The Ratchet and Clank games get a lot of praise for their wacky weapons, whether it be the Groovitron’s hypnotic disco ball or the lovable Mr. Zurkon and his cheesy one-liners. While I enjoy transmogrifying giant robots into fluffy sheep as much as the next Lombax, I feel like the real beauty of R&C’s arsenal often gets overlooked. From tutorial to credits, what keeps me invested in the otherwise solid-but-unremarkable combat is something I wish far more games ripped off: weapon leveling.
The system is pretty straightforward. Weapons gain experience as you use them, granting you damage boosts and increased ammo capacity with each new level. These perks alone are nice, but they aren’t the reason I love the system so much. By attaching a sense of progression to each weapon, even one as simple as an experience bar, R&C compels me to cycle through my arsenal constantly, leveling up as many weapons as possible in order to unlock new tiers in each weapon’s skill tree.
This isn’t how I typically play shooters. In something like DOOM or Gears of War, I’ll find a couple of favorite weapons and stick with them for the entire game. From a practical standpoint, my trusty shotgun/burst rifle combo serves me well. Too well, in fact, since I end up never using half the weapons in any given game, swapping out my mainstays only when I run out of ammo and switching back as soon as I find more.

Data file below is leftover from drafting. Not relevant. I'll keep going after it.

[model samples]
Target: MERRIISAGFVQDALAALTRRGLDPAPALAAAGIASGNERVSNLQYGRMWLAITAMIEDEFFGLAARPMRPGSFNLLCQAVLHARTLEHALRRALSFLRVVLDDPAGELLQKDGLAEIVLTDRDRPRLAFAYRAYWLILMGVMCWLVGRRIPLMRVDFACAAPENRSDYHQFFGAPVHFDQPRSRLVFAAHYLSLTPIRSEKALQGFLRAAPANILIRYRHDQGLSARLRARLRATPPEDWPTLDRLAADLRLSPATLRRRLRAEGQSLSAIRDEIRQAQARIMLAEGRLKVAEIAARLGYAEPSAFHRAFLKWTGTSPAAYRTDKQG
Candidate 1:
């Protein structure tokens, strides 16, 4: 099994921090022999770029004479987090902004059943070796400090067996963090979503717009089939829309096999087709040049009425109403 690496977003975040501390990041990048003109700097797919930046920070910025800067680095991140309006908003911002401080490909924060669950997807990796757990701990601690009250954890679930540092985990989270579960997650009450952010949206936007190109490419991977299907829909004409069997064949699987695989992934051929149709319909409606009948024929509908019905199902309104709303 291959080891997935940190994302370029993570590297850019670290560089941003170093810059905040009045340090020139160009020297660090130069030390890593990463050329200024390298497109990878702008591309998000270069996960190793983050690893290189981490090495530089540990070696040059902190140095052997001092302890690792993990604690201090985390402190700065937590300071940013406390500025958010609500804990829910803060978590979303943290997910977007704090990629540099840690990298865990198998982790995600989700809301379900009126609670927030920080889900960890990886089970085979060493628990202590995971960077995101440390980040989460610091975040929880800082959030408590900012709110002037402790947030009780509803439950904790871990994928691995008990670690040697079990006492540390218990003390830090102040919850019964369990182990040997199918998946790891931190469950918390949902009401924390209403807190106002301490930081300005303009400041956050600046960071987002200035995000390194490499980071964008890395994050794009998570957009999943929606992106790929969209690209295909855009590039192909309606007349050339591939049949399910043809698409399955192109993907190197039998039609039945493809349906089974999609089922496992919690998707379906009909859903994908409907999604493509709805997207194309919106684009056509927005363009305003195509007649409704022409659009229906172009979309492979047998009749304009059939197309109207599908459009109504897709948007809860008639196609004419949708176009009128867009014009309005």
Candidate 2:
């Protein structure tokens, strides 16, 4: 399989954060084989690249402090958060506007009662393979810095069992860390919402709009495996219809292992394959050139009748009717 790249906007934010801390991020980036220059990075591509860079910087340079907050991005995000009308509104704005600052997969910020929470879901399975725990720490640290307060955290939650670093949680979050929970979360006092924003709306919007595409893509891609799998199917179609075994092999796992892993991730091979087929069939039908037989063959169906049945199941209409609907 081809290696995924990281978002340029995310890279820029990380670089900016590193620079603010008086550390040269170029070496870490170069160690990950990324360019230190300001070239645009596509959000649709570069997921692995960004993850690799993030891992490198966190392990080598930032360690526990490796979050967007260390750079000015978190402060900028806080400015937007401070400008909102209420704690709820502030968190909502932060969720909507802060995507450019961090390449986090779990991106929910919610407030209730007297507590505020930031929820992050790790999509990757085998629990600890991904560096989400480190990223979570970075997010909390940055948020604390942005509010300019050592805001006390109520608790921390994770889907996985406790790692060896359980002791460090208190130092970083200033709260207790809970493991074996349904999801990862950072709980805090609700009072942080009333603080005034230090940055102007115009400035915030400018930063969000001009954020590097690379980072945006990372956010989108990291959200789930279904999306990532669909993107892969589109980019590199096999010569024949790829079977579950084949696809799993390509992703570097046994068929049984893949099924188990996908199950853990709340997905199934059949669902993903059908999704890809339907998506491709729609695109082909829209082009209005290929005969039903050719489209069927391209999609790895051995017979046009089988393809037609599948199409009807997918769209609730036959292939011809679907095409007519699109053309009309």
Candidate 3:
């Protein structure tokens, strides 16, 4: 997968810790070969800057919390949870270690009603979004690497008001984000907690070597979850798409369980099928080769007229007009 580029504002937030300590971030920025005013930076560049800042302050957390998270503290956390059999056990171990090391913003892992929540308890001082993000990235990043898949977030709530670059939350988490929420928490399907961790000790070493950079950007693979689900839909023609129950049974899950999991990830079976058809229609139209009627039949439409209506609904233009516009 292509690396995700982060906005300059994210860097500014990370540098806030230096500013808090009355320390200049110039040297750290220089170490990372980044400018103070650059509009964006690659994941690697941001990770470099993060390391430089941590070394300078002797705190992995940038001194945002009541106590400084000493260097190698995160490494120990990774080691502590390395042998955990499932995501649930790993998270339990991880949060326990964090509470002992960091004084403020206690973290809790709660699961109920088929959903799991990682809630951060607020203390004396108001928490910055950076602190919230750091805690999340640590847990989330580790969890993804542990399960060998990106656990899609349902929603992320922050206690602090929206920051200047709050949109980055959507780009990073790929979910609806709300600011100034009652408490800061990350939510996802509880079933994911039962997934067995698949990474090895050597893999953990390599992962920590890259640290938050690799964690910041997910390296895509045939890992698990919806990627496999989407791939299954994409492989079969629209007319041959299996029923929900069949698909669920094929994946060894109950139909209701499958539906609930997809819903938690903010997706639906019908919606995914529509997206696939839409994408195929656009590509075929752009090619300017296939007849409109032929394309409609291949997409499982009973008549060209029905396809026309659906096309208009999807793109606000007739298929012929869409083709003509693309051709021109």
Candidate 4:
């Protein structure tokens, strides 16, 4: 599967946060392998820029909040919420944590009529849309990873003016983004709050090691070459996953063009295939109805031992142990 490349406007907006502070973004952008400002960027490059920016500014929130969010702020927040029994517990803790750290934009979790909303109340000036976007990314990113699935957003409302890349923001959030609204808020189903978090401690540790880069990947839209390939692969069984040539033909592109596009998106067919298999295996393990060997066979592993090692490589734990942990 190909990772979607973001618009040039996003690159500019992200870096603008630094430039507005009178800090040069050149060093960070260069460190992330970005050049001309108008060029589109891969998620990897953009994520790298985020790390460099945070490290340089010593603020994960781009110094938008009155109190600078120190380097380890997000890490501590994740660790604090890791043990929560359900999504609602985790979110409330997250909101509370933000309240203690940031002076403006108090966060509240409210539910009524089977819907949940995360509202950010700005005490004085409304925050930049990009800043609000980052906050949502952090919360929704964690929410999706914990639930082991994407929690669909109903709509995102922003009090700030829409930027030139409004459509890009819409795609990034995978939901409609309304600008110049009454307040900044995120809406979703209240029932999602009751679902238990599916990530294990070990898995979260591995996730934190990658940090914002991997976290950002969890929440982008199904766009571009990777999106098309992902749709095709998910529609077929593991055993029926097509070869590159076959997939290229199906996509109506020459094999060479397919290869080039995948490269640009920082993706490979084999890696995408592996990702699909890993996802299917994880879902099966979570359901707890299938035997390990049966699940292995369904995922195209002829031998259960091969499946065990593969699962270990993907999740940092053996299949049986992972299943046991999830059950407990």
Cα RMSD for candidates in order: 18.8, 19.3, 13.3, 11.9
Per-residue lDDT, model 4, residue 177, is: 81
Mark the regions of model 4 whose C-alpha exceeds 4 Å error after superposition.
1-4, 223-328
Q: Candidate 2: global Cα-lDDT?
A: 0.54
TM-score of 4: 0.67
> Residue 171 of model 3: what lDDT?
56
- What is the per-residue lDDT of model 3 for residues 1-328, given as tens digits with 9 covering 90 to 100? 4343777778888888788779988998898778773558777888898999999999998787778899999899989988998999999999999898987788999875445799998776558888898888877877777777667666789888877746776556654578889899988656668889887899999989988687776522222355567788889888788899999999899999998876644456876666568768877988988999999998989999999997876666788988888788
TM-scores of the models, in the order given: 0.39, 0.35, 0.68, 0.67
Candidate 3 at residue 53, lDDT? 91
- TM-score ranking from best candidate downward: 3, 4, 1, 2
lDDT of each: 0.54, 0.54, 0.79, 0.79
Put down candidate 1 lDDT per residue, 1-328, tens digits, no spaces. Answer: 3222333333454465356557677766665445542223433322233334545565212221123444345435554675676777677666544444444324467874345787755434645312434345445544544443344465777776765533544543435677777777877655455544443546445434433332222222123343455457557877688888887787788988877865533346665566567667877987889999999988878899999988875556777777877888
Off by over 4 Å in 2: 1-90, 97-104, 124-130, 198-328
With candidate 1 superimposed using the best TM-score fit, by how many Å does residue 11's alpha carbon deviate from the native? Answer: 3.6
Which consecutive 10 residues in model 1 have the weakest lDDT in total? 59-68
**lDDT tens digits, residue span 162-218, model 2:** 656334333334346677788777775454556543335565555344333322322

In R&C, though, I know every weapon inside and out. Spurred on by the satisfaction of maxing out experience bars, I buy and level up every gun in the game, inadvertently learning the quirks and capabilities of each along the way. Normally, I wouldn’t give two hoots about a weapon that only stuns your enemies, even one as goofy as the Groovitron. But after leveling it up a couple of times, I realized that it made the perfect companion to the Plasma Striker sniper rifle, exposing enemies’ weak points for easy one-hit kills. Thanks to the allure of leveling it up, the Groovitron is now one of the most deadly weapons at my disposal.
More than a front of vibrant creativity, R&C’s weapons encourage you to step outside your wheelhouse, to toy with tactics you’d normally skip over in favor of the tried-and-true. The primal satisfaction of seeing bars fill and the numbers go up liberates you from the tired loadout you’ve carried through countless shooters over the years, reminding you that games are as much about experimentation as they are expediency. Maybe you’ll stumble upon a new favorite weapon, one that completely changes the way you play; or maybe you’ll discover a deeper appreciation for your trusty shotgun thanks to its no-nonsense point-and-shoot interface. Either way, R&C’s weapon system leaves you feeling stronger and wiser for having engaged with it. My only complaint is that more games haven’t followed Insomniac’s lead. It’s been 14 years since Ratchet and Clank: Going Commando first introduced the concept; why aren’t weapon levels industry standard already?